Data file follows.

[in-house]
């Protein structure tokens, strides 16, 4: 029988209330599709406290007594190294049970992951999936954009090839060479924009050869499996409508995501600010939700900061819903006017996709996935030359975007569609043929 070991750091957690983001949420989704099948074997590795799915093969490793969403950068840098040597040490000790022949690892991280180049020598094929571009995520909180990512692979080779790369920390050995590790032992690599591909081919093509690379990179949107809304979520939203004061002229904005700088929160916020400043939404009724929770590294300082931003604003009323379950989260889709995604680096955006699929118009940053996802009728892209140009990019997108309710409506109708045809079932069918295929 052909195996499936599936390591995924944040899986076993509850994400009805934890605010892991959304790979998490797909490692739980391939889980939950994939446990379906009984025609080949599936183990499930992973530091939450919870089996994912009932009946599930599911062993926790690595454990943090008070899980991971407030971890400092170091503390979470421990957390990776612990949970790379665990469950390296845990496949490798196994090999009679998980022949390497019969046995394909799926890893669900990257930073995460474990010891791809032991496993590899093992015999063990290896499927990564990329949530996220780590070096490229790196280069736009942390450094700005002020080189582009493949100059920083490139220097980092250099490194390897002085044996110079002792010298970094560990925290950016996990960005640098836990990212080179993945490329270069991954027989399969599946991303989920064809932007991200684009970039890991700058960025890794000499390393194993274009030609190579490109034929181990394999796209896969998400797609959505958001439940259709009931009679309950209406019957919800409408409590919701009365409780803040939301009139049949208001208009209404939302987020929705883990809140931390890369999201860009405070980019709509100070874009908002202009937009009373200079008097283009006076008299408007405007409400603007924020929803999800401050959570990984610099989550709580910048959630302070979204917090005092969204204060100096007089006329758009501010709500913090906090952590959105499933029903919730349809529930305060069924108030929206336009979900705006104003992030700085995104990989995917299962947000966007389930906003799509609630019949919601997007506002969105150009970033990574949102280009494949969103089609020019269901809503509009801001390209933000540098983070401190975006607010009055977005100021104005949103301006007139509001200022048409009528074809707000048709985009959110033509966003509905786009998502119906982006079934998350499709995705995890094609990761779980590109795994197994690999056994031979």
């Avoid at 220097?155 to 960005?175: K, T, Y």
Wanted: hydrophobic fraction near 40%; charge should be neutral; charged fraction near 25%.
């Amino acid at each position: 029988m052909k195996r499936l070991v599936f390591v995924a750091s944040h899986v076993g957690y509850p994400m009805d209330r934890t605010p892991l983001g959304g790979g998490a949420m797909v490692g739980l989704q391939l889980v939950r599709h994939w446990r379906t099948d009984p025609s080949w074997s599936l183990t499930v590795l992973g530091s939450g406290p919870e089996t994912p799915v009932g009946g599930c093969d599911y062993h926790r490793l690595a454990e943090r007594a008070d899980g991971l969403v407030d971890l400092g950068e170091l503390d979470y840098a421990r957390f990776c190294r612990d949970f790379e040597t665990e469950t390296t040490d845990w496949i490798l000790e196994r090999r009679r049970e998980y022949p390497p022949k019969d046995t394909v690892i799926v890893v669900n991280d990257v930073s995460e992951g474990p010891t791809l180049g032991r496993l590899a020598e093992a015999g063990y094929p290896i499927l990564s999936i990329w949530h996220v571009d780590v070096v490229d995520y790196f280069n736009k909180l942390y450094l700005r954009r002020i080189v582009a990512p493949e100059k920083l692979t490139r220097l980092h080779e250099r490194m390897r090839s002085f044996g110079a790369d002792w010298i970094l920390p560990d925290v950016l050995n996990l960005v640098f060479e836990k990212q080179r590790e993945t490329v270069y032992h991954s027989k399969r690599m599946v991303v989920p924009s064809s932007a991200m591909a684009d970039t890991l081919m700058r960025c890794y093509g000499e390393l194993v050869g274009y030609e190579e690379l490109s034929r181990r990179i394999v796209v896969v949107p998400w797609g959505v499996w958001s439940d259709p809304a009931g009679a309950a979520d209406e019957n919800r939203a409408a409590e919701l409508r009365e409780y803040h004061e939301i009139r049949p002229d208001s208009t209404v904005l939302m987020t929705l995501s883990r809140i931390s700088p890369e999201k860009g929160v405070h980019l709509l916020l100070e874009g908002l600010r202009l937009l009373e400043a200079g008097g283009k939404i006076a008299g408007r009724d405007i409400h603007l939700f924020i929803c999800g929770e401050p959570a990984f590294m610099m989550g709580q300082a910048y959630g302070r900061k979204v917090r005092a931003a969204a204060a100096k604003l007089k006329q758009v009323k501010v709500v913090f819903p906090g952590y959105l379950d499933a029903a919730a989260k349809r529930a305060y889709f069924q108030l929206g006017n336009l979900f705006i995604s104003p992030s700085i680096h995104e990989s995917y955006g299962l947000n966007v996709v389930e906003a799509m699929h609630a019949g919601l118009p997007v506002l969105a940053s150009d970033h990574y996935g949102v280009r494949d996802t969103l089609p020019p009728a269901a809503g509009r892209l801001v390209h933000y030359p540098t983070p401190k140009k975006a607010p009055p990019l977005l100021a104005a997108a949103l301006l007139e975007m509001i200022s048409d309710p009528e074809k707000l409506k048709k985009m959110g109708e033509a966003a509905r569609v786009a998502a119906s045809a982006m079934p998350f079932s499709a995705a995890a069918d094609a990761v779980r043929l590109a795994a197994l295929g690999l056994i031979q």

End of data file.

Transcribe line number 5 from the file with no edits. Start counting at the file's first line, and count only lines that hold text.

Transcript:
């Amino acid at each position: 029988m052909k195996r499936l070991v599936f390591v995924a750091s944040h899986v076993g957690y509850p994400m009805d209330r934890t605010p892991l983001g959304g790979g998490a949420m797909v490692g739980l989704q391939l889980v939950r599709h994939w446990r379906t099948d009984p025609s080949w074997s599936l183990t499930v590795l992973g530091s939450g406290p919870e089996t994912p799915v009932g009946g599930c093969d599911y062993h926790r490793l690595a454990e943090r007594a008070d899980g991971l969403v407030d971890l400092g950068e170091l503390d979470y840098a421990r957390f990776c190294r612990d949970f790379e040597t665990e469950t390296t040490d845990w496949i490798l000790e196994r090999r009679r049970e998980y022949p390497p022949k019969d046995t394909v690892i799926v890893v669900n991280d990257v930073s995460e992951g474990p010891t791809l180049g032991r496993l590899a020598e093992a015999g063990y094929p290896i499927l990564s999936i990329w949530h996220v571009d780590v070096v490229d995520y790196f280069n736009k909180l942390y450094l700005r954009r002020i080189v582009a990512p493949e100059k920083l692979t490139r220097l980092h080779e250099r490194m390897r090839s002085f044996g110079a790369d002792w010298i970094l920390p560990d925290v950016l050995n996990l960005v640098f060479e836990k990212q080179r590790e993945t490329v270069y032992h991954s027989k399969r690599m599946v991303v989920p924009s064809s932007a991200m591909a684009d970039t890991l081919m700058r960025c890794y093509g000499e390393l194993v050869g274009y030609e190579e690379l490109s034929r181990r990179i394999v796209v896969v949107p998400w797609g959505v499996w958001s439940d259709p809304a009931g009679a309950a979520d209406e019957n919800r939203a409408a409590e919701l409508r009365e409780y803040h004061e939301i009139r049949p002229d208001s208009t209404v904005l939302m987020t929705l995501s883990r809140i931390s700088p890369e999201k860009g929160v405070h980019l709509l916020l100070e874009g908002l600010r202009l937009l009373e400043a200079g008097g283009k939404i006076a008299g408007r009724d405007i409400h603007l939700f924020i929803c999800g929770e401050p959570a990984f590294m610099m989550g709580q300082a910048y959630g302070r900061k979204v917090r005092a931003a969204a204060a100096k604003l007089k006329q758009v009323k501010v709500v913090f819903p906090g952590y959105l379950d499933a029903a919730a989260k349809r529930a305060y889709f069924q108030l929206g006017n336009l979900f705006i995604s104003p992030s700085i680096h995104e990989s995917y955006g299962l947000n966007v996709v389930e906003a799509m699929h609630a019949g919601l118009p997007v506002l969105a940053s150009d970033h990574y996935g949102v280009r494949d996802t969103l089609p020019p009728a269901a809503g509009r892209l801001v390209h933000y030359p540098t983070p401190k140009k975006a607010p009055p990019l977005l100021a104005a997108a949103l301006l007139e975007m509001i200022s048409d309710p009528e074809k707000l409506k048709k985009m959110g109708e033509a966003a509905r569609v786009a998502a119906s045809a982006m079934p998350f079932s499709a995705a995890a069918d094609a990761v779980r043929l590109a795994a197994l295929g690999l056994i031979q």